# I feel bad I can't understand the most simple of algebra

1. May 31, 2009

1. The problem statement, all variables and given/known data
First, let me tell you a bit about myself. I did not do well in geometry and math in middle school, I was terrible at it. At high school, something changed and I took Algebra I. I was getting B's to high A's. I got awarded the rotary club award for student of the month, because of my grades at the time. I had alot of problems in school with learning problems, so I decided to graduate from a charter school. I graduated and have been taking a long break, many years, I'd say at least 4 or 5 persuing other interests. I recently started some training in basic computer skills such as excel, powerpoint and word and am starting my internship this monday, 10 weeks, 2 hours a day, 2 days a week. After that I plan to get a job with basic clerical computer work, and study and go to college on the side with a pale grant. I have always enjoyed math immensly, and I got the book "calculus for dummies" and read it from cover to cover. The main thing was I could not do most of it like basic limits because I never learned how to factor.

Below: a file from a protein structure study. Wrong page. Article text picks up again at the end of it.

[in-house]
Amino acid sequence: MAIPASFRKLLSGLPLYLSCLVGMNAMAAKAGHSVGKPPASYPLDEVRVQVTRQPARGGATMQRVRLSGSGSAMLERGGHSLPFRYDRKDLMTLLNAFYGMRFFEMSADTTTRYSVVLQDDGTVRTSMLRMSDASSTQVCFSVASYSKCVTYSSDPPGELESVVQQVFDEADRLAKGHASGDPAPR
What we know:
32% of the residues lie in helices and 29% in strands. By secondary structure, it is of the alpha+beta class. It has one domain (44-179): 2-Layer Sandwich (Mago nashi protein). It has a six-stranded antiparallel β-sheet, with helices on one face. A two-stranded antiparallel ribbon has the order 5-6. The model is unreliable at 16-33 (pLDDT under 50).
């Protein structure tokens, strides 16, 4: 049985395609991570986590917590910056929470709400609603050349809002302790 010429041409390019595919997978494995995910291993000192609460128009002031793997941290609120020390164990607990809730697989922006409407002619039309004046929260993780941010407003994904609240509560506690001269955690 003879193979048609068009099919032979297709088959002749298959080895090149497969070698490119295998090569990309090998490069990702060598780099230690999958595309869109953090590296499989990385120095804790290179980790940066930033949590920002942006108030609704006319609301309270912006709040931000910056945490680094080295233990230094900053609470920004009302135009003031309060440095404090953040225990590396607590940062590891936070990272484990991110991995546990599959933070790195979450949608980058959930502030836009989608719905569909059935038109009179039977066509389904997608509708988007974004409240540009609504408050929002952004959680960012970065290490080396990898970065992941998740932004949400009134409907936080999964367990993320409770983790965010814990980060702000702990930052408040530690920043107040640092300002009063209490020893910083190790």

I also skipped geometry and trigonmetry, as I just wanted to read out of pleasure. I enjoy reading about mathematics and solving problems. Recently when I was at computer school I picked up a GED book on factoring, hoping to finally learn it. I reviewed some algebra I hadn't done for years, and managed to get the factoring questions right. Needless to say I was happy with that. The main thing, I found out, was to find the greatest common factor of the terms and put that on the outside of the formula, then ask myself that number times "what" equals the outcome.

I do want to take some schooling in mathematics and perhaps engineering after I get really good. But I find myself not understand even the basic problems. I have a very good book (at least I think so) on algebra, it is called "Algebra, The easy way" and is presented in a story, which I find easier to learn on the most part, because it explains WHY things happen the way they do. However, I'm stuck on the first chapter! Here's the problem:

Verify the associative properties of addition and multiplication in the following cases. To do this, calculate the result of the expression in two different ways. (It does not say how)
For example,

3 x (4 x 5)= 3 x 20 = 60
(3 x 4) x 5= 12 x 5 = 60

2. Relevant equations
Problem 1:
12 x 6 x 2

Problem 2:
11 x 5 x 16

Part 3:
In excerises 20-31, write formulas that perform the indicated functions. (In each case you will need to think of the appropriate letters to represent the quantities indicated)